Absurd Lies about Cordoba (updated)

Readers of the American Thinker have no doubt heard numerous instances of the following disinformation about Cordoba, this version coming from Whitney S. Bowman in the Austin American-Statesman

"The name 'Cordoba House' is significant.  It is named after the famed medieval Spanish city of Cordoba where philosophers, mystics, artisans and poets--Muslim, Christian and Jewish--lived and shared together.

"Its libraries were vast, and the translations of Arabic works into Latin changed Europe and Christianity forever.  Among the resident luminaries were Maimonides, a noted Jewish intellectual, the poet Ibn Hazm, and Averroes, the Muslim philosopher and mystic.  A Saxon nun of the time called Cordoba 'the brilliant ornament of the world.'  With the coming of the Inquisition and Christian exclusivism, the brilliance of Cordoba faded, but its significance endures as a vibrant, inter-religious community."

The idea that Muslims, Christians, and Jews "lived and shared together" in medieval Cordoba could perhaps be dismissed as a rhetorical flight of fancy, but the idea that Christianity and the Inquisition ended the brilliance of Cordoba is a deliberate lie.

According to The Cambridge Companion to Maimonides, "the fundamentalist Almohad movement," which "fought to restore the pristine faith of Islam, based on the Quran and the Sunna, and to enforce the precepts of the sacred law" (sound familiar?), conquered Cordoba in 1148 and drove out the ten-year-old Moses Maimonides and his family.  They hid from the Almohads in Andalusia for ten years, then emigrated to Morocco, where Maimonides wrote his Epistle on Forced Conversion to console his Jewish brethren forced to choose between conversion to Islam and death.  Later he moved to Cairo, where he achieved safety by acting as a physician to the Muslim rulers.  Obviously, the great works of Moses Maimonides were not written in Cordoba, and Christian exclusivism and the Inquisition had nothing to do with his departure.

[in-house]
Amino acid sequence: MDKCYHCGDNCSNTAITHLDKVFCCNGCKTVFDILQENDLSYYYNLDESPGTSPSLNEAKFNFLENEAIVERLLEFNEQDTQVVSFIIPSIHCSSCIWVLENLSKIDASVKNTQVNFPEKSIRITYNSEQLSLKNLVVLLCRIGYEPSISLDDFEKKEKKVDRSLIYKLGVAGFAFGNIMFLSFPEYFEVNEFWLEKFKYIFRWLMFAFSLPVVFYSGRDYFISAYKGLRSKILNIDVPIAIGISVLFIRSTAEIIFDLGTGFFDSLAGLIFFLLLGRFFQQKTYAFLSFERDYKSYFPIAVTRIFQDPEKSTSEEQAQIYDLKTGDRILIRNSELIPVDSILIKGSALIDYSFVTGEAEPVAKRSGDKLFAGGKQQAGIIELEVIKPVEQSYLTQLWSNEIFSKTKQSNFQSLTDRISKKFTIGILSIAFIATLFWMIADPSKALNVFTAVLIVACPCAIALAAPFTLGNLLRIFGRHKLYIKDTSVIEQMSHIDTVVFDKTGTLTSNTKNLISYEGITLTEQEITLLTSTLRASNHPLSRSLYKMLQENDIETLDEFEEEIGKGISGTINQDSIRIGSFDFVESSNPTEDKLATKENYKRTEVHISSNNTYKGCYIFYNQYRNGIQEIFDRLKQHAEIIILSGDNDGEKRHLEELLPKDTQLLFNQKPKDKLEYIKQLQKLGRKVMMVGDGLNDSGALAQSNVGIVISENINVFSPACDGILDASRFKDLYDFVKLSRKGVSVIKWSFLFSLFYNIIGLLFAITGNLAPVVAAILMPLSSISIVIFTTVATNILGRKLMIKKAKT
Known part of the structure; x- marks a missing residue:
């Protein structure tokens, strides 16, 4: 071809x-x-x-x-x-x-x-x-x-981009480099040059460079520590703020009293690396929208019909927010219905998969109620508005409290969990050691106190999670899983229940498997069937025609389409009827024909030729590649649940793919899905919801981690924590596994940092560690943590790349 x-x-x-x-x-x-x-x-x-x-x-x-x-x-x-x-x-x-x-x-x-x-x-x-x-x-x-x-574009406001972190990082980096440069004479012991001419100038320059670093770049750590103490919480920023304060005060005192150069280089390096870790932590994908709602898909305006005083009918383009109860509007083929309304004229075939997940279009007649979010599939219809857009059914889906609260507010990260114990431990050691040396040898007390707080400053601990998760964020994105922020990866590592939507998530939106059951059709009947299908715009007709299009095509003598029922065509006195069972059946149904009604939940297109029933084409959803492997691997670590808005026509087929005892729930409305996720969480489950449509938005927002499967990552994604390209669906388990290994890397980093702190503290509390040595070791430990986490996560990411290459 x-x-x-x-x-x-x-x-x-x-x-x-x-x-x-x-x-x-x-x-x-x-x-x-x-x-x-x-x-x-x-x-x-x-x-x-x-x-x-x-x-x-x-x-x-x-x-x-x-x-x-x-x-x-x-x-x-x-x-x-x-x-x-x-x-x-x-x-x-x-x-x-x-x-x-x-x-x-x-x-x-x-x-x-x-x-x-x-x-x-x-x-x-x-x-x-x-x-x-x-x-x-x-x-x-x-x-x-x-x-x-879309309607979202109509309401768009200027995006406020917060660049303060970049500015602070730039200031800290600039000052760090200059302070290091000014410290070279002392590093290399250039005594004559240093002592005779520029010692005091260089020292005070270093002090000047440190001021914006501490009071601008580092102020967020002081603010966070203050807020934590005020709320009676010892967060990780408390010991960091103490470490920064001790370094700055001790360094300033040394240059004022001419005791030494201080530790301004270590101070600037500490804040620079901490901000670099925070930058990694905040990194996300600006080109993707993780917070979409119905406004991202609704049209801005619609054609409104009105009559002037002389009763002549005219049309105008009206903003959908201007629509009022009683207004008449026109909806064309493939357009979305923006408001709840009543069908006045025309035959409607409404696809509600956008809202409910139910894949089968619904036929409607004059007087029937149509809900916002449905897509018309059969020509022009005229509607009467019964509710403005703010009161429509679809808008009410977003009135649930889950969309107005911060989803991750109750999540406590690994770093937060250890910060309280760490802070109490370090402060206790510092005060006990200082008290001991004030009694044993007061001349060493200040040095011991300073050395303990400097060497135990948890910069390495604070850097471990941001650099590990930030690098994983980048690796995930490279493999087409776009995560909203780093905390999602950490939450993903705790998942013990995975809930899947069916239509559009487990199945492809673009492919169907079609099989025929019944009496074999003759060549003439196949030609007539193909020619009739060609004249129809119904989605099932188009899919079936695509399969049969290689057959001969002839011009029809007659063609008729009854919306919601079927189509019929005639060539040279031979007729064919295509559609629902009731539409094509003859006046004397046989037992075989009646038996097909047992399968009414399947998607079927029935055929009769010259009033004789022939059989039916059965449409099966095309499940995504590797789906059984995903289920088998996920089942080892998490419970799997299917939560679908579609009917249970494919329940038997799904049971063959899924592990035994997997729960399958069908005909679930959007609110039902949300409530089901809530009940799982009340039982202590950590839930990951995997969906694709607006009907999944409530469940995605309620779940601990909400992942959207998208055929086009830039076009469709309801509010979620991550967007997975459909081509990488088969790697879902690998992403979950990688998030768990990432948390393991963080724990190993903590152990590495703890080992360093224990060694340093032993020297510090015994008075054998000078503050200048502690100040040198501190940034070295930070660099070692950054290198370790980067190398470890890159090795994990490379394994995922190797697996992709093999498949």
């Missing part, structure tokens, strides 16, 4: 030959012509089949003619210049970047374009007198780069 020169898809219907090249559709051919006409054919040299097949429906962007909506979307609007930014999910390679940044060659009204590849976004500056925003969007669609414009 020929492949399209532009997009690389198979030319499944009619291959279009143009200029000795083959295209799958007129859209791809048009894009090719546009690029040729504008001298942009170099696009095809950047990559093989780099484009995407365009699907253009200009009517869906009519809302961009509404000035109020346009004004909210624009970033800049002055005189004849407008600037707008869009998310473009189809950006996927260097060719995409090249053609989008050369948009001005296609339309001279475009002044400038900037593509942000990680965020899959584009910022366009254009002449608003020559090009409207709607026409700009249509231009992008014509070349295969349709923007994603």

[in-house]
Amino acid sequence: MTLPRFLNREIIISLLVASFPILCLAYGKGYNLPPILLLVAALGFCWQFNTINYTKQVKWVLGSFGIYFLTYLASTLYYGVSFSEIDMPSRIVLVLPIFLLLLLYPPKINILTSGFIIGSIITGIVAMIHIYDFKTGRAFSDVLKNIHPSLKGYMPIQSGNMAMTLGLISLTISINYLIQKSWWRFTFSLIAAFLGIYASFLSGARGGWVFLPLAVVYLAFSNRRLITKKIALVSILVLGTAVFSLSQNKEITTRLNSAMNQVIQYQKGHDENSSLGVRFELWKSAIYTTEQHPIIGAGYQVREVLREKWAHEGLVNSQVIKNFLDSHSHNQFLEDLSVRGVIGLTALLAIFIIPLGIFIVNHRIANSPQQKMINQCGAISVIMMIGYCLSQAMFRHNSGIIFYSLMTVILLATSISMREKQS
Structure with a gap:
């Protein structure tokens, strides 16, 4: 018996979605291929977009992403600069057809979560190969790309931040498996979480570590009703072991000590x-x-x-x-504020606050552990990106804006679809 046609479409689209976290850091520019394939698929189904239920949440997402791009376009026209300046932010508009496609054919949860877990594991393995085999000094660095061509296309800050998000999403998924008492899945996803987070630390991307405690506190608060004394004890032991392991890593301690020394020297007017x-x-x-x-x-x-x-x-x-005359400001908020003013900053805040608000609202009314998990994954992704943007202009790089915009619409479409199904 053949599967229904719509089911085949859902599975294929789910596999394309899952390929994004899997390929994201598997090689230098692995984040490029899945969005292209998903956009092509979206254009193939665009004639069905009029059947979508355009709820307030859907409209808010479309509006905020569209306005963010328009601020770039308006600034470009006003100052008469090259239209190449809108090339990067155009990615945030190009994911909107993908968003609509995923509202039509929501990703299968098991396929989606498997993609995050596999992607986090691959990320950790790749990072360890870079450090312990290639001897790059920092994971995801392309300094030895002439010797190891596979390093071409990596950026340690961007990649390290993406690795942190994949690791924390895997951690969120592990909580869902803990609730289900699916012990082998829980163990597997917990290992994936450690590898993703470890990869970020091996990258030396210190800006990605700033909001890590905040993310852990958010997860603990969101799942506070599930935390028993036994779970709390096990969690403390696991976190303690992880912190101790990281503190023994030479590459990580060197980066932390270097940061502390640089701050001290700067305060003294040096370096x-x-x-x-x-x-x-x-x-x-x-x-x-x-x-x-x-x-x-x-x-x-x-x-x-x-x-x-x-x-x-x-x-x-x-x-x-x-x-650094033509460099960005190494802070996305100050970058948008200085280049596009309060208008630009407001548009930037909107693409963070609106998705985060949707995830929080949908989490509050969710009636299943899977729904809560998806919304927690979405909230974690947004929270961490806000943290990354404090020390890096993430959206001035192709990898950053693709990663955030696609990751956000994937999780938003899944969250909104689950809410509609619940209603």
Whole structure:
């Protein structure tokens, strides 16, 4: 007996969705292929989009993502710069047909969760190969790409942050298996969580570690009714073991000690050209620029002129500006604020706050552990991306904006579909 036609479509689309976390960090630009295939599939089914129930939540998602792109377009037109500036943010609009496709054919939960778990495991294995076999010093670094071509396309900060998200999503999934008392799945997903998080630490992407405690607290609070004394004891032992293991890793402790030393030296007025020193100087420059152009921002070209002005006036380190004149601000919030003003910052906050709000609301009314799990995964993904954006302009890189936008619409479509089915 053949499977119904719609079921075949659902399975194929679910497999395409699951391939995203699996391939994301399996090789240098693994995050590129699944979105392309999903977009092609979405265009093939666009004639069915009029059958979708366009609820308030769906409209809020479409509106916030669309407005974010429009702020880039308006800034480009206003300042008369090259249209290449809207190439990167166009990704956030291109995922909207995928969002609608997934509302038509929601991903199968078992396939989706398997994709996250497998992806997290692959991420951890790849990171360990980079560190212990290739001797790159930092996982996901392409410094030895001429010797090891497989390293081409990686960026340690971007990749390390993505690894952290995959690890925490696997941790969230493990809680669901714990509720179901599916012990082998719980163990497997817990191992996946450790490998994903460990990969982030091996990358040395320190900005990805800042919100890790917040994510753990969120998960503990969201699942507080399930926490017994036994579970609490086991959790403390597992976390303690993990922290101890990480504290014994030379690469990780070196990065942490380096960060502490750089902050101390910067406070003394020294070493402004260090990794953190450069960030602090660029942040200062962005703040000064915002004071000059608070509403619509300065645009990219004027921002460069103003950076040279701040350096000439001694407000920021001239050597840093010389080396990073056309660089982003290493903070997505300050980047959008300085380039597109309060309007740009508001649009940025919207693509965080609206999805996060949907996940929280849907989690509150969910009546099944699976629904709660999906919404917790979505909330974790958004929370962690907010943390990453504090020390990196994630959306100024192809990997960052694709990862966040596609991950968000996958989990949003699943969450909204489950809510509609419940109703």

Though born in Cordoba and not a Jew, Averroes also suffered Almohad oppression, and "his teachings [were] condemned and his philosophical works torched as dangerous to religious faith," according to the Cambridge Companion.  

For the record, Averroes died in 1198, Maimonides died in 1204, and Cordoba was conquered by Christians in 1236.  As for the translations, more hokum  has been said on that subject than just about any other.

Update. Andrew Bostom adds:

More on Cordoban "Ecumenism"

Reinhart Dozy  (1820-1883), the great Orientalist scholar and Islamophile, wrote a four volume magnum opus (published in 1861 and translated into English by Francis Griffin Stokes in 1913), Histoire des Musselmans d'Espagne (A History of the Muslims in Spain). Here is Dozy's historical account of the mid-8th century "conversion" of a Cordovan cathedral to a mosque: